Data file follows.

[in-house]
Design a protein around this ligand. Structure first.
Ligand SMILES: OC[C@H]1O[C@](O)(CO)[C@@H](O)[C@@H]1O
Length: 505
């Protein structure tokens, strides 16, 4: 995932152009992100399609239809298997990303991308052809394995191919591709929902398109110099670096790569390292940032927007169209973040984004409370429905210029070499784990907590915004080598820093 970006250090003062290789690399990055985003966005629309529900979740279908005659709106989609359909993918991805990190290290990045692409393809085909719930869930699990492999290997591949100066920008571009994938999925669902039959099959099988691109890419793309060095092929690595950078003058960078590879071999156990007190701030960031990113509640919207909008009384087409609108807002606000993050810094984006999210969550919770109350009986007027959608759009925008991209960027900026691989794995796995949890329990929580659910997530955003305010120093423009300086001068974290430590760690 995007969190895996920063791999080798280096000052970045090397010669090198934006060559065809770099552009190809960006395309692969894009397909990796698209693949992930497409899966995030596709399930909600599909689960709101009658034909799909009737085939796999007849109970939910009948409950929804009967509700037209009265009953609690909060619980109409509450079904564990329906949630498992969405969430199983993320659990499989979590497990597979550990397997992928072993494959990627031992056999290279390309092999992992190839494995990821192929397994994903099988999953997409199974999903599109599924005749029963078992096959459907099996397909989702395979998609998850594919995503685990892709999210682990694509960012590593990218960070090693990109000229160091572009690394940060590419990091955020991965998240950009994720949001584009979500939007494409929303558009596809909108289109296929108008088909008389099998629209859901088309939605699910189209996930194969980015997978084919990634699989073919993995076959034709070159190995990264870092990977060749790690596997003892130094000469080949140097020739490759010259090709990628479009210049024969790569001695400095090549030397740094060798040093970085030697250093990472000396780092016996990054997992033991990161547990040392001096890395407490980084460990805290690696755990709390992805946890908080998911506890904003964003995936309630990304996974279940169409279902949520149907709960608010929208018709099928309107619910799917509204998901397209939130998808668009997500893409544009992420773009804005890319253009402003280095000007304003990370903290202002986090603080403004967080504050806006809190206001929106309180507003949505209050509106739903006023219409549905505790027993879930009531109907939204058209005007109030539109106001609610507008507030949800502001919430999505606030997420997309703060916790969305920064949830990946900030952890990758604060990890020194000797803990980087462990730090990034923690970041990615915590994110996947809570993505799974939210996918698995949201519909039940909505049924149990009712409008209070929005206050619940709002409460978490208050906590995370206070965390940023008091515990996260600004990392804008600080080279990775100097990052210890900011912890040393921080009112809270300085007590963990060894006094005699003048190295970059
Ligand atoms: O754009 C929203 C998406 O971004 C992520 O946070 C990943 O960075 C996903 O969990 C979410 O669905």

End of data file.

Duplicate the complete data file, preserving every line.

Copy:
[in-house]
Design a protein around this ligand. Structure first.
Ligand SMILES: OC[C@H]1O[C@](O)(CO)[C@@H](O)[C@@H]1O
Length: 505
């Protein structure tokens, strides 16, 4: 995932152009992100399609239809298997990303991308052809394995191919591709929902398109110099670096790569390292940032927007169209973040984004409370429905210029070499784990907590915004080598820093 970006250090003062290789690399990055985003966005629309529900979740279908005659709106989609359909993918991805990190290290990045692409393809085909719930869930699990492999290997591949100066920008571009994938999925669902039959099959099988691109890419793309060095092929690595950078003058960078590879071999156990007190701030960031990113509640919207909008009384087409609108807002606000993050810094984006999210969550919770109350009986007027959608759009925008991209960027900026691989794995796995949890329990929580659910997530955003305010120093423009300086001068974290430590760690 995007969190895996920063791999080798280096000052970045090397010669090198934006060559065809770099552009190809960006395309692969894009397909990796698209693949992930497409899966995030596709399930909600599909689960709101009658034909799909009737085939796999007849109970939910009948409950929804009967509700037209009265009953609690909060619980109409509450079904564990329906949630498992969405969430199983993320659990499989979590497990597979550990397997992928072993494959990627031992056999290279390309092999992992190839494995990821192929397994994903099988999953997409199974999903599109599924005749029963078992096959459907099996397909989702395979998609998850594919995503685990892709999210682990694509960012590593990218960070090693990109000229160091572009690394940060590419990091955020991965998240950009994720949001584009979500939007494409929303558009596809909108289109296929108008088909008389099998629209859901088309939605699910189209996930194969980015997978084919990634699989073919993995076959034709070159190995990264870092990977060749790690596997003892130094000469080949140097020739490759010259090709990628479009210049024969790569001695400095090549030397740094060798040093970085030697250093990472000396780092016996990054997992033991990161547990040392001096890395407490980084460990805290690696755990709390992805946890908080998911506890904003964003995936309630990304996974279940169409279902949520149907709960608010929208018709099928309107619910799917509204998901397209939130998808668009997500893409544009992420773009804005890319253009402003280095000007304003990370903290202002986090603080403004967080504050806006809190206001929106309180507003949505209050509106739903006023219409549905505790027993879930009531109907939204058209005007109030539109106001609610507008507030949800502001919430999505606030997420997309703060916790969305920064949830990946900030952890990758604060990890020194000797803990980087462990730090990034923690970041990615915590994110996947809570993505799974939210996918698995949201519909039940909505049924149990009712409008209070929005206050619940709002409460978490208050906590995370206070965390940023008091515990996260600004990392804008600080080279990775100097990052210890900011912890040393921080009112809270300085007590963990060894006094005699003048190295970059
Ligand atoms: O754009 C929203 C998406 O971004 C992520 O946070 C990943 O960075 C996903 O969990 C979410 O669905």